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Charity representatives

Chairman and Coordinator of the 25% ME Group, Simon Lawrence, writes...

After many years of being housebound and bedbound with ME, Emily Collingridge has put her heart and soul into this book, which should prove an invaluable resource for other people in a similar position.  The section on obtaining a wheelchair has some very practical advice, and the ideas on how to contact your carer will be very useful to anyone having trouble finding a suitable method.  These are two areas which are essential for the quality of life of patients and for which it can be extremely difficult to get relevant advice.

It is the first time that I have read the reassurance that 'Patients should not be overly concerned with muscle wastage, as muscle cells do not disappear and muscles will return to normal in the future.'  I so wish that we had been given this knowledge near the beginning of my daughter's illness, instead of the veiled threats from doctors which we did receive.  It would have saved years of a deep underlying worry about whether we should be approaching the illness differently.  For me, this book would have been worth buying just for this one sentence alone.  The section about eating and maintaining weight contains very many helpful points, and will be extremely useful for people struggling to get enough energy to eat.  There is also comprehensive advice on tube feeding which, coming from an expert patient, is invaluable for those who find themselves having to consider it.

For people who have a friend ill with severe ME there is a section which is very thoughtful and compassionate, containing practical advice which will help to keep such relationships alive.  This is so important for the mental well-being of both the patient and their friend, and I would show it to all people who were in regular contact before the illness started, or before it became severe.   It is disappointing that the book does seem to support the NICE guidelines*, which the 25% ME Group have not supported.  The group would not agree with this approach to the management of the illness, but nevertheless there is much to applaud and plenty of valuable information contained in other sections.  Emily Collingridge has made good use of her experiences in order to make life easier for people who are severely ill.  It will encourage patients to know that someone has been this ill and got through very difficult times yet managed to write this book.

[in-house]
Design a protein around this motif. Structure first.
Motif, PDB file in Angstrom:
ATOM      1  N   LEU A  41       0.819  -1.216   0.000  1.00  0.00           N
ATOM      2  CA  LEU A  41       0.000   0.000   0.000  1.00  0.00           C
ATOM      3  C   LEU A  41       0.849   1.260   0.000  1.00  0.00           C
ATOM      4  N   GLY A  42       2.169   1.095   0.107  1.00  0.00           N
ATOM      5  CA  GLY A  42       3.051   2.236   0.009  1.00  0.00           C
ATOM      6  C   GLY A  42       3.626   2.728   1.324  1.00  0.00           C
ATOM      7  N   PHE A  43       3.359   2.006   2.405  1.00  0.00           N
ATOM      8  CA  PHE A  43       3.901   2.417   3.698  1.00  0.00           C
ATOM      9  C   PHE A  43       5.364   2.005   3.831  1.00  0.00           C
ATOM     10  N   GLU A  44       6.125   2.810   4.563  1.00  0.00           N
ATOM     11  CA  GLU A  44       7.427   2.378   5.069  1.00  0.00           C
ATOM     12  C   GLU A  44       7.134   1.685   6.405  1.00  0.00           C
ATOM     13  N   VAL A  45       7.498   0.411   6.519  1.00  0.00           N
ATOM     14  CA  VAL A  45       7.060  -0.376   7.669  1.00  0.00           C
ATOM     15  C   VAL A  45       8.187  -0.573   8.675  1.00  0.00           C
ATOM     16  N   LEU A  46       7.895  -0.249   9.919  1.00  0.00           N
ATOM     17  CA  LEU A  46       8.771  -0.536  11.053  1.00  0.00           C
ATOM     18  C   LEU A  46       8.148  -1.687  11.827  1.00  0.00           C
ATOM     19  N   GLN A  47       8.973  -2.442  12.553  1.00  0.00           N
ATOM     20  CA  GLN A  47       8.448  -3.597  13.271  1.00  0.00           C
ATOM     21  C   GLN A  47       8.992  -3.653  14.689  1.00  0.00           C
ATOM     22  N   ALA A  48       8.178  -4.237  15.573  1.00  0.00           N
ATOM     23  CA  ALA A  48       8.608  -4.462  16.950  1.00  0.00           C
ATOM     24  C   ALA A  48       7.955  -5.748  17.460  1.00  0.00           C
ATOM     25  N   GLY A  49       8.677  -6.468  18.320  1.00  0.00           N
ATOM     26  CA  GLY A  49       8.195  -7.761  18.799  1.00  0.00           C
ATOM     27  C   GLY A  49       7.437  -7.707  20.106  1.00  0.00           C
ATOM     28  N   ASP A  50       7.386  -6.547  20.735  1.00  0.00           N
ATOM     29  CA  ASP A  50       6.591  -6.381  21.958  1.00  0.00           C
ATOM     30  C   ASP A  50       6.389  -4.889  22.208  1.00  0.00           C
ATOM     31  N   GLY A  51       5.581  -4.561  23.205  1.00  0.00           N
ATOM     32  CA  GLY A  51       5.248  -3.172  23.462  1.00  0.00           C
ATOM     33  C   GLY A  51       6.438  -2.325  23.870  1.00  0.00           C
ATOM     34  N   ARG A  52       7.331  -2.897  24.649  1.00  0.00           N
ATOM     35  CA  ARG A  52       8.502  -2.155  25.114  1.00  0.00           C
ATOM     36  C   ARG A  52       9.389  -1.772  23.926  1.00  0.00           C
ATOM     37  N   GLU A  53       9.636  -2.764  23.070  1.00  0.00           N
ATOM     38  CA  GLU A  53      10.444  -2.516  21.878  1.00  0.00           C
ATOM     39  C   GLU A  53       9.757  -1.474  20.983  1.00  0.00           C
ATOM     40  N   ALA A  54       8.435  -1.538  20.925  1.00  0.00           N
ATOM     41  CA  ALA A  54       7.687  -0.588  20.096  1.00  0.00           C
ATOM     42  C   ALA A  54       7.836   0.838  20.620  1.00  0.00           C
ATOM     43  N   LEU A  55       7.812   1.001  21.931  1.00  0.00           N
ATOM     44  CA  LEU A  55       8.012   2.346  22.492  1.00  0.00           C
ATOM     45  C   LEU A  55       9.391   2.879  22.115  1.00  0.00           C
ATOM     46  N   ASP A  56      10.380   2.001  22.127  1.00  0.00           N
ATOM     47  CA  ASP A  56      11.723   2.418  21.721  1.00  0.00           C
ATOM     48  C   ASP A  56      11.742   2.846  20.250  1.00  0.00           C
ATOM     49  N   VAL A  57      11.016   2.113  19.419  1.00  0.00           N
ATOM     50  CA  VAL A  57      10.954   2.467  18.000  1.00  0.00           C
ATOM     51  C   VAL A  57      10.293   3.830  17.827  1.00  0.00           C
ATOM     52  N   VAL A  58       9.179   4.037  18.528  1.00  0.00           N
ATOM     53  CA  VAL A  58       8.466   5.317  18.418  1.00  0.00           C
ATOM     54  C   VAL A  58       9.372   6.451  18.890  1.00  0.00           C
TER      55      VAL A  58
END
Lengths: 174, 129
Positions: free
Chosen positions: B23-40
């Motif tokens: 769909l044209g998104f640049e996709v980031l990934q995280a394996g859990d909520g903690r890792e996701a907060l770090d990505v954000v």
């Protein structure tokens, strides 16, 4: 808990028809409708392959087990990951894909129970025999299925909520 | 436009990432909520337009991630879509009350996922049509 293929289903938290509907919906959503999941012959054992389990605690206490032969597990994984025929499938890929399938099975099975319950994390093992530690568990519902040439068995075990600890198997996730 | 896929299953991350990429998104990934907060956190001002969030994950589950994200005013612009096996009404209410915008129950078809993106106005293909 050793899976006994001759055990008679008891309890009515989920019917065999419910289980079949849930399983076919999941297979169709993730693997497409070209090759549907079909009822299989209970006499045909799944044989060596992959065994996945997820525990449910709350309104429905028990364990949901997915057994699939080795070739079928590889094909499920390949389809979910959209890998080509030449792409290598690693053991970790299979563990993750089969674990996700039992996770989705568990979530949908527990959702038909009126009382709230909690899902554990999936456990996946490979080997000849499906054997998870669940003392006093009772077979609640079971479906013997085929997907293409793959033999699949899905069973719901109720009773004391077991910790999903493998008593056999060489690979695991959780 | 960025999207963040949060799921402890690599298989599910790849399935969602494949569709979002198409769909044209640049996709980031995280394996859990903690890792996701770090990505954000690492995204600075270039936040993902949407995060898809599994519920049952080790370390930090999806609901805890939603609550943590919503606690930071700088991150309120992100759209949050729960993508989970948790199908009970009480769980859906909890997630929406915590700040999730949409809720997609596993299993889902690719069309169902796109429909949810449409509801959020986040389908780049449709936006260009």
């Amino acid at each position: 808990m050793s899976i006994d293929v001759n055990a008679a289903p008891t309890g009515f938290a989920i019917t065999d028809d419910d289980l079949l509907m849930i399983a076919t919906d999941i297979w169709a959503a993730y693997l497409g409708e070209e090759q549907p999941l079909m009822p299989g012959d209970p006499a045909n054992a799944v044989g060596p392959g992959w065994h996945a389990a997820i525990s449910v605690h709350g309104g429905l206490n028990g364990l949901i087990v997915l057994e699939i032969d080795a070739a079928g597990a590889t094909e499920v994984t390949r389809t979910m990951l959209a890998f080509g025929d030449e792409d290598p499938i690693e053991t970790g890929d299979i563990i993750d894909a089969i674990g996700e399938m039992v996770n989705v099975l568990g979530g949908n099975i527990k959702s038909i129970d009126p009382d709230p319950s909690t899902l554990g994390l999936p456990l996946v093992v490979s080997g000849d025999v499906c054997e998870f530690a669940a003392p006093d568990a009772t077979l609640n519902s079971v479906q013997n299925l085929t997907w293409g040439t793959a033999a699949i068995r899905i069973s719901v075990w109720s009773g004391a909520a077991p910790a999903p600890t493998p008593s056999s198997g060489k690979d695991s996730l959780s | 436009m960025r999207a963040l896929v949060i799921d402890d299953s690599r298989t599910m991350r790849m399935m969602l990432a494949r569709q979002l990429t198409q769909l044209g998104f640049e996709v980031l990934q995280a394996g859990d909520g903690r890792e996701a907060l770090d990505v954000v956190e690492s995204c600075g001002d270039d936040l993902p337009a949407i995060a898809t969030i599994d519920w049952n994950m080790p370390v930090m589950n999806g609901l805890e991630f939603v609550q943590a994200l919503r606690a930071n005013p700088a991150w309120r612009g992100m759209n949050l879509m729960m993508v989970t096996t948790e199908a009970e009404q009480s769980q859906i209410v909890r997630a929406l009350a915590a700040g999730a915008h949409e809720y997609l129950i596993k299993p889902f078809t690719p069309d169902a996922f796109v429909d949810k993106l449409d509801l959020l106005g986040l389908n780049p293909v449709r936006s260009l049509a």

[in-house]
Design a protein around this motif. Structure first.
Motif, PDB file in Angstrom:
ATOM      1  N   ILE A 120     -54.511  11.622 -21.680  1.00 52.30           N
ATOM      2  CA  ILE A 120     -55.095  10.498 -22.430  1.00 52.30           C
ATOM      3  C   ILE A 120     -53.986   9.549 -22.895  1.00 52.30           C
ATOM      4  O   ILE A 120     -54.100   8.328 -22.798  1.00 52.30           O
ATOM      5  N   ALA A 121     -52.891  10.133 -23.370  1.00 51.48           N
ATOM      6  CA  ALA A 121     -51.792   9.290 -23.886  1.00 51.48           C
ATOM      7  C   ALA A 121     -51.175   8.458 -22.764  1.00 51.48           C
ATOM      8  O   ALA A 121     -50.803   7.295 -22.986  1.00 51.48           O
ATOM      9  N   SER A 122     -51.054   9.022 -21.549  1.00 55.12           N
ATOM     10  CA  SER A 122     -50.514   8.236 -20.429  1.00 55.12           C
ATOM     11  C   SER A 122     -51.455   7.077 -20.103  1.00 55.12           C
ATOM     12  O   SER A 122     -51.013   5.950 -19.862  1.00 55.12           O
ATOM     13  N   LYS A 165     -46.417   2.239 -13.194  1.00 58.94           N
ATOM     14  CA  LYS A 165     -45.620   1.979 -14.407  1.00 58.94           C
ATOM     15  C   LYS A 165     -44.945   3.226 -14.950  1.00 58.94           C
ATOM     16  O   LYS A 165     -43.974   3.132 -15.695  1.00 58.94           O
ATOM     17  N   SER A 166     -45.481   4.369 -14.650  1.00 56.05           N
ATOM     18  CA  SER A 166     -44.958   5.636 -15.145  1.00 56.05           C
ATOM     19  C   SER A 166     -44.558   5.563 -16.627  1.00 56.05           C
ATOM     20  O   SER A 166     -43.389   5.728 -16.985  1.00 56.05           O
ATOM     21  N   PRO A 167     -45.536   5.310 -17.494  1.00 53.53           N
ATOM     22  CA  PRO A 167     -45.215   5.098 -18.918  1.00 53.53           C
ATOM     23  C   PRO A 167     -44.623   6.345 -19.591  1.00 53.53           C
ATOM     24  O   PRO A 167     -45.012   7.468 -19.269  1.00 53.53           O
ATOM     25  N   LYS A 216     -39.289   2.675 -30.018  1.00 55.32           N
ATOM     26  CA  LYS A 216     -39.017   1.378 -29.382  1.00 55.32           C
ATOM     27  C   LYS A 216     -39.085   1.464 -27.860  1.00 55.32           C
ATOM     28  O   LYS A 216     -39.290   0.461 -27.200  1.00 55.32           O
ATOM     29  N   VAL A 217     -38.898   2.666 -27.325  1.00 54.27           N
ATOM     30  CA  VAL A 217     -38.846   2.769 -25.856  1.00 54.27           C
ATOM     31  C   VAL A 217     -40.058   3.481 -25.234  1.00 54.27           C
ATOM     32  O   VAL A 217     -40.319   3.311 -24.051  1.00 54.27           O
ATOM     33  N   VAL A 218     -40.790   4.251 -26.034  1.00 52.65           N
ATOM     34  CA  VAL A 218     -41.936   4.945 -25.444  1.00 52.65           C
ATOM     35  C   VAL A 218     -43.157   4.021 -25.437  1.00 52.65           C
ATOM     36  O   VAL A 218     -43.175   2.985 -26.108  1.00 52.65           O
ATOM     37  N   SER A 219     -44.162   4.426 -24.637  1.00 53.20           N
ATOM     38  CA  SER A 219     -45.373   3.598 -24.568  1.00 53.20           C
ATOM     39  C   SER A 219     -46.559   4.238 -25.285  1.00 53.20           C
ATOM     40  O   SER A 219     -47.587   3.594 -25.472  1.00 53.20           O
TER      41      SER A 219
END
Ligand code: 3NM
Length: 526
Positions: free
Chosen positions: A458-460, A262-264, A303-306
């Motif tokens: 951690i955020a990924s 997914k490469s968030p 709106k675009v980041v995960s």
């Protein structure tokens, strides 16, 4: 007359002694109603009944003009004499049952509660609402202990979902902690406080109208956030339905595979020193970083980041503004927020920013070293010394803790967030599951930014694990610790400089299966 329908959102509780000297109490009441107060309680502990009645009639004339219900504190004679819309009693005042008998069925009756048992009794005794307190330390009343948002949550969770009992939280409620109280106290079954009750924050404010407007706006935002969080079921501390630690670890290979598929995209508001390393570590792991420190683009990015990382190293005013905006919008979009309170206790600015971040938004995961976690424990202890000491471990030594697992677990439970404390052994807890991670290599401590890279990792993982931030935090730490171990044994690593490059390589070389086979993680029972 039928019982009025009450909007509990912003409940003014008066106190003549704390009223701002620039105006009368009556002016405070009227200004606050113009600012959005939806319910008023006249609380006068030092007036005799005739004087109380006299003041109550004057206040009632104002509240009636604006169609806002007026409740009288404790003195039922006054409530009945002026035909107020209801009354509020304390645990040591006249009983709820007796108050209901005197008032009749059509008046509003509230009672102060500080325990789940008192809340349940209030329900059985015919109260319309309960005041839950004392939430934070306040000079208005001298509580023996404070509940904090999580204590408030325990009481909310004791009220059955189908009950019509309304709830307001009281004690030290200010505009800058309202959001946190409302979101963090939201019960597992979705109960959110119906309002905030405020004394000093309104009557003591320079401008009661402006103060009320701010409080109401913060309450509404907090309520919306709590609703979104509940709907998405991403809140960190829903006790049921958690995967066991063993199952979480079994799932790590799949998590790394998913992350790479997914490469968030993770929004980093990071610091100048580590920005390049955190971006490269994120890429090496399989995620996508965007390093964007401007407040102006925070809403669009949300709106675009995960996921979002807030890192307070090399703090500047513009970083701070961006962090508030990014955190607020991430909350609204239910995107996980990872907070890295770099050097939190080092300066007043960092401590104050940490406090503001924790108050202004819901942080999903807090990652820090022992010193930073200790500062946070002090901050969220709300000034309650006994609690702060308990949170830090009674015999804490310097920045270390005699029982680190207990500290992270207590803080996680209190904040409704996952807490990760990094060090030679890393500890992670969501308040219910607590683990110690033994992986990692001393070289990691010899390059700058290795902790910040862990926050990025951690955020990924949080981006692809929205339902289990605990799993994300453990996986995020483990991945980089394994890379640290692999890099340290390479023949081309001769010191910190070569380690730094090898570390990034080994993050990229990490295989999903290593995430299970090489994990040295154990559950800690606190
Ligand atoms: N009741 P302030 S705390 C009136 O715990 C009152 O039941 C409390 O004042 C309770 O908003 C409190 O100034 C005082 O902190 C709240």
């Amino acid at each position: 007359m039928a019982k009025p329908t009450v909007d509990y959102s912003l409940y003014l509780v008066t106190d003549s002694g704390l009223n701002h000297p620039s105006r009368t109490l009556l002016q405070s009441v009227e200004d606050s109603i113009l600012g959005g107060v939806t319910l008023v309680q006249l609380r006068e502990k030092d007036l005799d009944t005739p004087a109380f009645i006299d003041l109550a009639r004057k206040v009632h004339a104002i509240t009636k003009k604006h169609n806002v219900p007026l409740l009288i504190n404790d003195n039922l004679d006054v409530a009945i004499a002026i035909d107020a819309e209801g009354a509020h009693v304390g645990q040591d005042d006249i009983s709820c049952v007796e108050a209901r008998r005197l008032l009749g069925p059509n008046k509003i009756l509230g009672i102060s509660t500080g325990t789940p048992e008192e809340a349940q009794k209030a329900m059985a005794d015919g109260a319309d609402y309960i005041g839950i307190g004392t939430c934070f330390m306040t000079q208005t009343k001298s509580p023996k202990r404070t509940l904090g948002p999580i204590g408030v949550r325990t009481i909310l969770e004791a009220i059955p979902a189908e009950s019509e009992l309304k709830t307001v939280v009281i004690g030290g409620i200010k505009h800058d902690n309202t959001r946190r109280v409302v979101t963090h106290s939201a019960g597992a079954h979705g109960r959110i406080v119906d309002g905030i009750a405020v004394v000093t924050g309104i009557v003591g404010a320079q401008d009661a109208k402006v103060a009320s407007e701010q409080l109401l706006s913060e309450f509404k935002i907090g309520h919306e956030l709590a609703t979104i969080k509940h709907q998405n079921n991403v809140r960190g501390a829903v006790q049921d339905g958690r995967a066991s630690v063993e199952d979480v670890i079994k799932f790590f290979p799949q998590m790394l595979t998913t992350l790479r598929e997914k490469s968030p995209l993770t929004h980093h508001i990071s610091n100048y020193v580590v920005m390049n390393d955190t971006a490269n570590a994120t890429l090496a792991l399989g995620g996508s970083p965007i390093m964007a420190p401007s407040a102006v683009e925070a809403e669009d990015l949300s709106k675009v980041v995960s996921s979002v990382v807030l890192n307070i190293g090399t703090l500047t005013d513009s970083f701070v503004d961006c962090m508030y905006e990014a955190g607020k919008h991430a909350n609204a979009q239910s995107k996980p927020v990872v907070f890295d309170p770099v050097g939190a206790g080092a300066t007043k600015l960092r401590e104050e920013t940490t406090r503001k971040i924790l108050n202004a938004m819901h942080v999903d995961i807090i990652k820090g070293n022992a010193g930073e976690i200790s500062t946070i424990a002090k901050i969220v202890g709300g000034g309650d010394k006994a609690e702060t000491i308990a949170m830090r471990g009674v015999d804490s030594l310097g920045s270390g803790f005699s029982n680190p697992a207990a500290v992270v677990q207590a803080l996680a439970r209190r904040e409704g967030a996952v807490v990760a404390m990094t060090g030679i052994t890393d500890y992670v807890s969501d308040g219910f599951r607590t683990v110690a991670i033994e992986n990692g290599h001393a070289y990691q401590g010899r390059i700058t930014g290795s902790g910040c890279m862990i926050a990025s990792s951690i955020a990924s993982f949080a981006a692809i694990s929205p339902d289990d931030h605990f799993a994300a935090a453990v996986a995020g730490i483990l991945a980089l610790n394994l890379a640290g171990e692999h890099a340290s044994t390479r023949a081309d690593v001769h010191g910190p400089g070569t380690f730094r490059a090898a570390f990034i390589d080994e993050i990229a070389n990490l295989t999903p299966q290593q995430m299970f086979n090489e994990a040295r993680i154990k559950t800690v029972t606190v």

*Note from the author: it has not been my intention either to support or denounce the NICE clinical guideline on ME; I wanted only to provide information from the guideline which some patients have found useful in obtaining the care that they need.

Founder of AYME, Jill Moss, writes...

As the Founder of the Association of Young People (AYME) I am immensely proud that we are publishing this excellent and highly informative book. I cannot think of any aspect of dealing with severe ME that Emily has not covered within the pages. The guide uses a highly practical and well-researched approach to everyday problems, with a positivity and expectation of a brighter future, which has always been the cornerstone philosophy of AYME.

Emily was an exceptional volunteer for us during the early years of AYME, working extremely hard despite her intense limitations. She has now used the wide experience of her long struggle with ME to write a comprehensive and enormously helpful book, which reaches out to all ages.

Coordinator at the Family Fund, Clare Kassa, writes...

The book provides lots of detailed information which is really helpful and specific to people isolated by ME in its most severe form.  All the information is provided in one place, it is practical and thorough for both families and professionals alike.  I particularly like the summary pages which give the bitesize information at a glance, which is so helpful for people to access who may be overwhelmed by their situation and information needs.

For me this book highlighted further the lack of awareness myself and my colleagues may have about the extent of the impact ME may have and further highlights the fact that we don't receive applications at the Fund from this group of children and young people.  I am sure we are not alone in this lack of knowledge and your book will certainly help raise the profile of ME amongst the voluntary and health sector.